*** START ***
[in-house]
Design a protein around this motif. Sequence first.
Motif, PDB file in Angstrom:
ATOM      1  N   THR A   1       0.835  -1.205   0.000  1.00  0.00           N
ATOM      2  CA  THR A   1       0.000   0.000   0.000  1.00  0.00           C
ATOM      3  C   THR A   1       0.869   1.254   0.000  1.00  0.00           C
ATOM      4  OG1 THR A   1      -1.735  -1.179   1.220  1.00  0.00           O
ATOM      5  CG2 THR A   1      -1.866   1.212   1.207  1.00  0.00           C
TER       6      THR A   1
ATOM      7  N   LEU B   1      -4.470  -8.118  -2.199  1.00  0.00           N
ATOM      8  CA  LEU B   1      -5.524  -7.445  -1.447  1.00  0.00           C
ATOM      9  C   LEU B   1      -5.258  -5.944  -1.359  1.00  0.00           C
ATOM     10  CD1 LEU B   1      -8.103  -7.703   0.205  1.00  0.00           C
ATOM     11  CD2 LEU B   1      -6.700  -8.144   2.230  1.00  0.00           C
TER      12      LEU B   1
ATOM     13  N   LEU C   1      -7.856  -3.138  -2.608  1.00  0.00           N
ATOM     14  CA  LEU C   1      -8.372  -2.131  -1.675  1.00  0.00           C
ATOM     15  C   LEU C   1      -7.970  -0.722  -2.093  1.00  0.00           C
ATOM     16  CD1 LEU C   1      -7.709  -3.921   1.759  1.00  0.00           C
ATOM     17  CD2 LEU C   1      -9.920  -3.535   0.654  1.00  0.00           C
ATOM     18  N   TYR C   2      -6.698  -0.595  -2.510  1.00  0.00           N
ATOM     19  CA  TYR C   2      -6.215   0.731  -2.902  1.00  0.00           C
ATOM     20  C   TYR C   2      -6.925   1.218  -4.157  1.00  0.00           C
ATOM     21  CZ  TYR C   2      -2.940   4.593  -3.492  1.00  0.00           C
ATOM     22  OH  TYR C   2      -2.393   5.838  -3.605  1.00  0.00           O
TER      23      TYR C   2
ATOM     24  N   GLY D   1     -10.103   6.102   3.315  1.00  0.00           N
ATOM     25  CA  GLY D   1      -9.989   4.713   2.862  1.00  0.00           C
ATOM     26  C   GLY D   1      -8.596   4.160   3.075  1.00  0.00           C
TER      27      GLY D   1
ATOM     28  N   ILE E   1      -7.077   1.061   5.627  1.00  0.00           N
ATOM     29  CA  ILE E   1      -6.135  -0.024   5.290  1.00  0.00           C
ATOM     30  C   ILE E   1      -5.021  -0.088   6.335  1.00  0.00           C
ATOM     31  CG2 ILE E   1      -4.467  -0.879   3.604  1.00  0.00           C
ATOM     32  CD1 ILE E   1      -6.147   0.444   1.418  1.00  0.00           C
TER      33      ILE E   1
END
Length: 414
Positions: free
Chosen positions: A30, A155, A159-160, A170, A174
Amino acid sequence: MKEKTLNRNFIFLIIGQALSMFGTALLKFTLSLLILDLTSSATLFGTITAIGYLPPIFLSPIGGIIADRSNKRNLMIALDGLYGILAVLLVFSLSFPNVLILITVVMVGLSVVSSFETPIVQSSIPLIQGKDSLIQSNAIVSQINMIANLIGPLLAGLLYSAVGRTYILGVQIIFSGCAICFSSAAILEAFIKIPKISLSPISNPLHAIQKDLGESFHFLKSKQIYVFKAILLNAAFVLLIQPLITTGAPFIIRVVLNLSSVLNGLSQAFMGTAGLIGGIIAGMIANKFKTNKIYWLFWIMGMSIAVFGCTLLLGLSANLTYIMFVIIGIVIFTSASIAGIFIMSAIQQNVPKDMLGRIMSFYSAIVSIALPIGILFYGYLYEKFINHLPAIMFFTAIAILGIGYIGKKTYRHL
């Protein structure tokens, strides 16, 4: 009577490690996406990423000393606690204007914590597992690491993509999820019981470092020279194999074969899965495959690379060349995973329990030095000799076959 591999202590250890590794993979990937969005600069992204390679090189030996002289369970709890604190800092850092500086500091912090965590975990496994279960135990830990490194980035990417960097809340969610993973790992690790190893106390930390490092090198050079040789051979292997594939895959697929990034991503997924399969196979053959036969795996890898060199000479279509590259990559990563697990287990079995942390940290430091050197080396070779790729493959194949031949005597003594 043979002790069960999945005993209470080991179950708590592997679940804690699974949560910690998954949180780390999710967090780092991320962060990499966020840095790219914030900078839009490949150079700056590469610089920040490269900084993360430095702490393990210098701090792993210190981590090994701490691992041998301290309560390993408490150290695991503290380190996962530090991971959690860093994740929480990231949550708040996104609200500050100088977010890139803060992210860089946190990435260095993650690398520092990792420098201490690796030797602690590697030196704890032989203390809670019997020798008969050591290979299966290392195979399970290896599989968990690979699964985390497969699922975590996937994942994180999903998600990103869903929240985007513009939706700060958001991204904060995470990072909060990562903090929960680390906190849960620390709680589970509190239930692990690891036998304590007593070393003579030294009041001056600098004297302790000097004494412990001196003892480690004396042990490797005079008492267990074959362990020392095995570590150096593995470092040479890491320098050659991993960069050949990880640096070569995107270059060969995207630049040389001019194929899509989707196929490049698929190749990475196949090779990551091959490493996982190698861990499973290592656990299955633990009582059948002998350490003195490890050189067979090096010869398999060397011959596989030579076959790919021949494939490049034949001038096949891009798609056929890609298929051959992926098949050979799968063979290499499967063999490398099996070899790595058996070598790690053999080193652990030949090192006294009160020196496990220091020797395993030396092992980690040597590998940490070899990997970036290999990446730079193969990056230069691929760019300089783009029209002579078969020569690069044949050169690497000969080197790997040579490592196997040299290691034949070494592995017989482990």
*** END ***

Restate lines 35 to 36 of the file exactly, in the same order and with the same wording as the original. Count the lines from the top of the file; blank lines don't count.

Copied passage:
ATOM     32  CD1 ILE E   1      -6.147   0.444   1.418  1.00  0.00           C
TER      33      ILE E   1